Dynamic Finger Search Trees in Data Structure

  • A dynamic finger search data structure should in addition to finger searches also perform the insertion and deletion of elements at a position given by a finger.
  • Finger search trees is defined as a variant of B-trees supporting finger searches in O(log d) time and updates in O(1) time, assuming that only O(1) moveable fingers are maintained.
  • Traversing a finger d positions requires O(log d) time.
  • The finger search trees (that means AVL-trees, red-black trees) constructions either consider a fixed constant number of fingers or only support updates in amortized constant time.
  • Constructions supporting an arbitrary number of fingers and with worst case update have been created.
  • A search tree that supported updates at an arbitrary position in worst case O(1) time, but only supports searches in O(log n) time.
  • Constructions supporting O(log d) time searches and O(log d n) time insertions and deletions.
  • Finger search trees consume worst-case constant time insertions and O(log d n) time deletions.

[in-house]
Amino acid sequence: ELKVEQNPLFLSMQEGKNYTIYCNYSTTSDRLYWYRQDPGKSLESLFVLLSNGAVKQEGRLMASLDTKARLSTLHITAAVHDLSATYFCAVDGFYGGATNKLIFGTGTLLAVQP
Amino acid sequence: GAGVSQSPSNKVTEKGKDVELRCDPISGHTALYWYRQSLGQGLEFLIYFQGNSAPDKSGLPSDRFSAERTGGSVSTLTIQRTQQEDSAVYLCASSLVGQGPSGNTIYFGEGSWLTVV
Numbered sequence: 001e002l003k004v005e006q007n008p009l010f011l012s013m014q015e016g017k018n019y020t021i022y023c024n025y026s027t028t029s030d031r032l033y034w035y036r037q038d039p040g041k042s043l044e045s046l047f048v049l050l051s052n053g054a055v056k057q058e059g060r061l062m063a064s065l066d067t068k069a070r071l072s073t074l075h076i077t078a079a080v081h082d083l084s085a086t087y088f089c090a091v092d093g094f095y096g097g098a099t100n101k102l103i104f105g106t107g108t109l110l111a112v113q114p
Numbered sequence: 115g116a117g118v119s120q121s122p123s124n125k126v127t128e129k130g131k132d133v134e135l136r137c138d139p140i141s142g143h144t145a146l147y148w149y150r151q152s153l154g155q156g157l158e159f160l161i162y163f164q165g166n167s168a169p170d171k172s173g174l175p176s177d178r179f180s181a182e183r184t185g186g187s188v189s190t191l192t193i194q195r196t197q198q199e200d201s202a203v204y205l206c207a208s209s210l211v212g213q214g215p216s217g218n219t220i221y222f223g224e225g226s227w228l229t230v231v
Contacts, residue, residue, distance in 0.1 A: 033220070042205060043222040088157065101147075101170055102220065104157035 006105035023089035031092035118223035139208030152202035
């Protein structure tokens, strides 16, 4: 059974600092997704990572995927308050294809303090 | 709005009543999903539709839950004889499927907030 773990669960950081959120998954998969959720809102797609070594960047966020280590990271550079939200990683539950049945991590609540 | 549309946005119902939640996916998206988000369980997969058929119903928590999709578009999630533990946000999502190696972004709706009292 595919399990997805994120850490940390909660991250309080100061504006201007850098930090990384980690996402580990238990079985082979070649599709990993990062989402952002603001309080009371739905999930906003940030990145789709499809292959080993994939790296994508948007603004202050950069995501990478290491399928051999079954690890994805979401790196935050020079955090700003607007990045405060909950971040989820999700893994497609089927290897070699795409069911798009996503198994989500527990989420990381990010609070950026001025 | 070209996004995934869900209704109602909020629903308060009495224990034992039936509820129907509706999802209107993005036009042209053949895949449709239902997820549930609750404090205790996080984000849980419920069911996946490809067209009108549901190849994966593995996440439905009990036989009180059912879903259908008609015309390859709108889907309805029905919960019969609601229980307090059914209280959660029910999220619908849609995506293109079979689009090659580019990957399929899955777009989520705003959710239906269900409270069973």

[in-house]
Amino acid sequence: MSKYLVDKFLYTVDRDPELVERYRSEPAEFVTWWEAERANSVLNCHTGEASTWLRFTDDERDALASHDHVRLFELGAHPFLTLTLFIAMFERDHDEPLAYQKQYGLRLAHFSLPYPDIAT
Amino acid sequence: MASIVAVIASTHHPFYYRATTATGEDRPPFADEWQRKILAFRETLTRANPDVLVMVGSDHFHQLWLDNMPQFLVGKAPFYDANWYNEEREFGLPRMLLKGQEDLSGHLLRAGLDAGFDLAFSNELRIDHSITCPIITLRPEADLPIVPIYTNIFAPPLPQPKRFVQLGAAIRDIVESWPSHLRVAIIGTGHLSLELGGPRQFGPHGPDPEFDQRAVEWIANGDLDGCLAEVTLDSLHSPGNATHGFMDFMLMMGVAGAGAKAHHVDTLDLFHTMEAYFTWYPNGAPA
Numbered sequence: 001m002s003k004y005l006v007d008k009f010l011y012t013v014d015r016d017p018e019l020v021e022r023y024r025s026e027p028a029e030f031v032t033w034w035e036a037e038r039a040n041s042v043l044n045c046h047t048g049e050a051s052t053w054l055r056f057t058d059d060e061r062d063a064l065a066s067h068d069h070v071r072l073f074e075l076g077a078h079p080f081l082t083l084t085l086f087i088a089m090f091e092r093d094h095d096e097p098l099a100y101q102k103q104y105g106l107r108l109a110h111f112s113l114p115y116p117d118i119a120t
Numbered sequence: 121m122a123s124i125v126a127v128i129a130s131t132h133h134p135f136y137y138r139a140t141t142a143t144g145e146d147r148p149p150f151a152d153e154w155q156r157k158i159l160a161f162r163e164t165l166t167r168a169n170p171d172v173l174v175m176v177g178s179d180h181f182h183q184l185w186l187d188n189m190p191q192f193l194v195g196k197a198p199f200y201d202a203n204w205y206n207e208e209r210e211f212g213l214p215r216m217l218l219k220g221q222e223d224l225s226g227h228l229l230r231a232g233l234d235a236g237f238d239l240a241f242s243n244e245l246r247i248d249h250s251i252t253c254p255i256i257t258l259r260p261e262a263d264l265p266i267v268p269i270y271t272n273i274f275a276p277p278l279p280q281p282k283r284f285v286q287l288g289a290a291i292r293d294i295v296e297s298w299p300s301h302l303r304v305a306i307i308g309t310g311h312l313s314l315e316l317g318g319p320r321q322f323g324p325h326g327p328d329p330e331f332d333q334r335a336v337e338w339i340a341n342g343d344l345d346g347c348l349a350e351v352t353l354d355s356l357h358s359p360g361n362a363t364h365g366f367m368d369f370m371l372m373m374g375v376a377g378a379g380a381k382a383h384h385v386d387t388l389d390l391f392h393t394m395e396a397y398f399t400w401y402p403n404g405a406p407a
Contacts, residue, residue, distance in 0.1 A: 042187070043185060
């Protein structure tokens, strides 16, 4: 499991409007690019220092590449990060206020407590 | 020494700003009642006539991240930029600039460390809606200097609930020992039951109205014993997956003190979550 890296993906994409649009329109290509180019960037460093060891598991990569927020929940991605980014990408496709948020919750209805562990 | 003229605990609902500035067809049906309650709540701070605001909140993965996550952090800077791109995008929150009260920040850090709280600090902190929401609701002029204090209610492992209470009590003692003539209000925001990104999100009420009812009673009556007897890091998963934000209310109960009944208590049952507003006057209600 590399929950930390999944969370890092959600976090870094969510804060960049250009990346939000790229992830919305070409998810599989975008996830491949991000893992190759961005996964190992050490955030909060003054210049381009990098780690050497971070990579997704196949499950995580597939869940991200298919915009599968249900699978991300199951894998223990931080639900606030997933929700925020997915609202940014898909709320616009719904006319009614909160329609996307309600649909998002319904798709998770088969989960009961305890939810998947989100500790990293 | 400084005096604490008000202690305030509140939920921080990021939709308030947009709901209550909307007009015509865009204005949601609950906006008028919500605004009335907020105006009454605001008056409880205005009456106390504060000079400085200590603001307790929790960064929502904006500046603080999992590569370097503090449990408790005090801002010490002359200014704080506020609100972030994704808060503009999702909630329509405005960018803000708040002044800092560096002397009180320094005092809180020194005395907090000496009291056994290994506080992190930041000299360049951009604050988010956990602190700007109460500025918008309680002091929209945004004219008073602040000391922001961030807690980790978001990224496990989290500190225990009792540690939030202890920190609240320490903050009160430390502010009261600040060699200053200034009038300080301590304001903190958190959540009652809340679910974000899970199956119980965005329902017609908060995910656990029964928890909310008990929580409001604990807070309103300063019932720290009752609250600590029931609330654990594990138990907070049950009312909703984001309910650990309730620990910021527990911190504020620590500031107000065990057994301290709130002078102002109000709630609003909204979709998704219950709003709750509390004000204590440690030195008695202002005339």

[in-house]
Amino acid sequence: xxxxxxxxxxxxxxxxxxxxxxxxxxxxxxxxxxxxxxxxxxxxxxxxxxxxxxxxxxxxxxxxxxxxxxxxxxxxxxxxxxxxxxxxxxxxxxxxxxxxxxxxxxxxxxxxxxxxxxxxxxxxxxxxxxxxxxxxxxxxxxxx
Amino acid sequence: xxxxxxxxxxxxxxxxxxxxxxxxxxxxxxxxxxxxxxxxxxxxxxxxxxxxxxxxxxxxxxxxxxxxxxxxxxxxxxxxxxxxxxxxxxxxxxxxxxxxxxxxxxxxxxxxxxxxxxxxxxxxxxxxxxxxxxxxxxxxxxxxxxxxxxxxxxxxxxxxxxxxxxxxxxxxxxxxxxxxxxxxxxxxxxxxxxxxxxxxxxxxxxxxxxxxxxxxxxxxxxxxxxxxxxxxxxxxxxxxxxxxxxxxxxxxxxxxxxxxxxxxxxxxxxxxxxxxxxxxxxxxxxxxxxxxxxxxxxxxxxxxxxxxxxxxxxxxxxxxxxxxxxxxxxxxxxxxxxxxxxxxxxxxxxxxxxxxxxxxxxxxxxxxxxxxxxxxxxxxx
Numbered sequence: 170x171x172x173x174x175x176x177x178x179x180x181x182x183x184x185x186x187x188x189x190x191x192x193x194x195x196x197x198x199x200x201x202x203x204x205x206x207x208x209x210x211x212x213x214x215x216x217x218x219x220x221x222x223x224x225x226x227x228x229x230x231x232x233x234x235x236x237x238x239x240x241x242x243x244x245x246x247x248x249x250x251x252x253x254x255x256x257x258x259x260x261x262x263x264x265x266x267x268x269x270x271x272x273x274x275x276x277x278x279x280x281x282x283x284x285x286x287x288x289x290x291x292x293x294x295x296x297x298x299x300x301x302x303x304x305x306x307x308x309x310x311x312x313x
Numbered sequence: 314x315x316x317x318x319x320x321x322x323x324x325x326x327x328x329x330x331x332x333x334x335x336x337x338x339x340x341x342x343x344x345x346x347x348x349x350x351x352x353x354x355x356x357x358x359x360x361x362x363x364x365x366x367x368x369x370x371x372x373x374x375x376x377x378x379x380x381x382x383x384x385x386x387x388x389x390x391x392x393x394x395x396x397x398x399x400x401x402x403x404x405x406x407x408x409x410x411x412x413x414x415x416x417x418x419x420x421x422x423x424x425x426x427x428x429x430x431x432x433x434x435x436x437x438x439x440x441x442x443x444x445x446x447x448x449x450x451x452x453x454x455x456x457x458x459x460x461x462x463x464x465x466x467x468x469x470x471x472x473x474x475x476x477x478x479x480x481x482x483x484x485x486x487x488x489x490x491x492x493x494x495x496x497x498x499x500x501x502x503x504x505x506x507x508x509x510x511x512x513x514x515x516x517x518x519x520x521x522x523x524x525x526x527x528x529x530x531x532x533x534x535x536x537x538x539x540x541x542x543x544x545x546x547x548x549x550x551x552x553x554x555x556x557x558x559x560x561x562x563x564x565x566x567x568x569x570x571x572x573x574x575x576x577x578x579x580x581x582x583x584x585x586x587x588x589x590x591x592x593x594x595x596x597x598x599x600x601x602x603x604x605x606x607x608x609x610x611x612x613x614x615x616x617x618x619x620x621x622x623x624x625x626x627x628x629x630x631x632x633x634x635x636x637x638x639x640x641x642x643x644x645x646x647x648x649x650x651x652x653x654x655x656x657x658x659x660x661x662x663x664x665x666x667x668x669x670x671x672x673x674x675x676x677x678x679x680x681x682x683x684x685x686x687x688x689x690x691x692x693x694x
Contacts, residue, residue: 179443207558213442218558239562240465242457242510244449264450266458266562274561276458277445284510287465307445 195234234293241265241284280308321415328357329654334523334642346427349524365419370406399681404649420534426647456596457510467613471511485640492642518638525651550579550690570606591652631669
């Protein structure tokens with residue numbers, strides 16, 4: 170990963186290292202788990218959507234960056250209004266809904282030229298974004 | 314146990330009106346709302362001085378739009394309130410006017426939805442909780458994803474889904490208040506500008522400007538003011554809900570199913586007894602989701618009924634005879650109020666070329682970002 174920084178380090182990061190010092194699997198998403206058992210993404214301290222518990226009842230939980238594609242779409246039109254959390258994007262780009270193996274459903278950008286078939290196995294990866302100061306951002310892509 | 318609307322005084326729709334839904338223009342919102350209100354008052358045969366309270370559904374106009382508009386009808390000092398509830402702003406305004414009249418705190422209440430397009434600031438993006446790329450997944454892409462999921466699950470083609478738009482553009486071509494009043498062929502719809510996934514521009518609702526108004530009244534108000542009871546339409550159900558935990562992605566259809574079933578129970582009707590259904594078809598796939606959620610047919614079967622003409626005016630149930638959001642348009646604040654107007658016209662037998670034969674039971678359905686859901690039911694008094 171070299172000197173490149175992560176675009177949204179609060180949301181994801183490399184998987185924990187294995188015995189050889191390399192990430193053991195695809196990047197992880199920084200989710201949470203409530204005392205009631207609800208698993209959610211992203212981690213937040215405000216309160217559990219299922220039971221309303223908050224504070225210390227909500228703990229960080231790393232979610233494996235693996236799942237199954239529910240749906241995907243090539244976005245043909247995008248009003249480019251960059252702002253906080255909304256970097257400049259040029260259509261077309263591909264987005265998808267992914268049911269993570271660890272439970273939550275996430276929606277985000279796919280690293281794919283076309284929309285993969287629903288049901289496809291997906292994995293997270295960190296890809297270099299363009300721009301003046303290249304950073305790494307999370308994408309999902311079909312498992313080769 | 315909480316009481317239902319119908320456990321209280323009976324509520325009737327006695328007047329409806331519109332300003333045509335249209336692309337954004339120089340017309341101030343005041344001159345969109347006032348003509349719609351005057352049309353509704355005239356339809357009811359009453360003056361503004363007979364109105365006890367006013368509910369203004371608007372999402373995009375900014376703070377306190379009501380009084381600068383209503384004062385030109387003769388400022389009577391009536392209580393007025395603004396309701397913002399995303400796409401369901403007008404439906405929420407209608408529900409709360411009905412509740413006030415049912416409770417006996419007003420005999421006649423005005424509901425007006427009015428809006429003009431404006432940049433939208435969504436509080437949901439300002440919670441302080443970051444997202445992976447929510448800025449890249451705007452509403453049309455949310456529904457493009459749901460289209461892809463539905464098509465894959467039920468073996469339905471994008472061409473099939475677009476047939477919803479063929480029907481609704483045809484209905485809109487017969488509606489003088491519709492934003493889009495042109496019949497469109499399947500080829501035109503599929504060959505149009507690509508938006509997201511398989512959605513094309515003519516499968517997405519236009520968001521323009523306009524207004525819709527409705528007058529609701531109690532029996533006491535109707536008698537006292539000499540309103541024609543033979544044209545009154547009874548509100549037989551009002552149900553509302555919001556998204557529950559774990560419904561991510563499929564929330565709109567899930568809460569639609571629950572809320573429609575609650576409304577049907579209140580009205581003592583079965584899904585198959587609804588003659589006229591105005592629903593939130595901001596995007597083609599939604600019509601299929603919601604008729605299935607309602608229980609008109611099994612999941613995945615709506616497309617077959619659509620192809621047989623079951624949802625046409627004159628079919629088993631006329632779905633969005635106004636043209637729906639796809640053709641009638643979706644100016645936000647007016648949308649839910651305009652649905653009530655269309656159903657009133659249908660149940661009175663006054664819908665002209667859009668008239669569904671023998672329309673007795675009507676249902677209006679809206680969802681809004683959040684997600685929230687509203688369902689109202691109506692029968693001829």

• According to a space efficient alternative solution to the level linked (2,4)- trees, a single finger is allowed, that can be proceeded by the same performance cost as (2,4)-trees. In the solution no level links and parent pointers are needed, instead a special O(log n) space data structure, hand, is created for the finger that allows the finger to be traversed efficiently.
  • Splay trees are defined as a class of self-adjusting binary search trees supporting searches, insertions and deletions in amortized O(log n) time. That splay trees can be implemented as efficient finger search trees.
  • Given an O(n) initialization cost, the amortized cost of an access at distance d from the previous access in a splay tree is O(log d) where accesses consist of searches, insertions, and deletions.
  • Notice that the statement only implements in the presence of one finger, which always points to the last accessed element.
  • All the above mentioned constructions can be applied on a pointer machine where the only operation allowed on elements is the comparison of two elements.
  • For the Random Access Machine model of computation (RAM), a finger search tree is developed with constant update time and O(log d) search time. This result is achieved by tabulating small tree structures, but only performs the comparison of elements.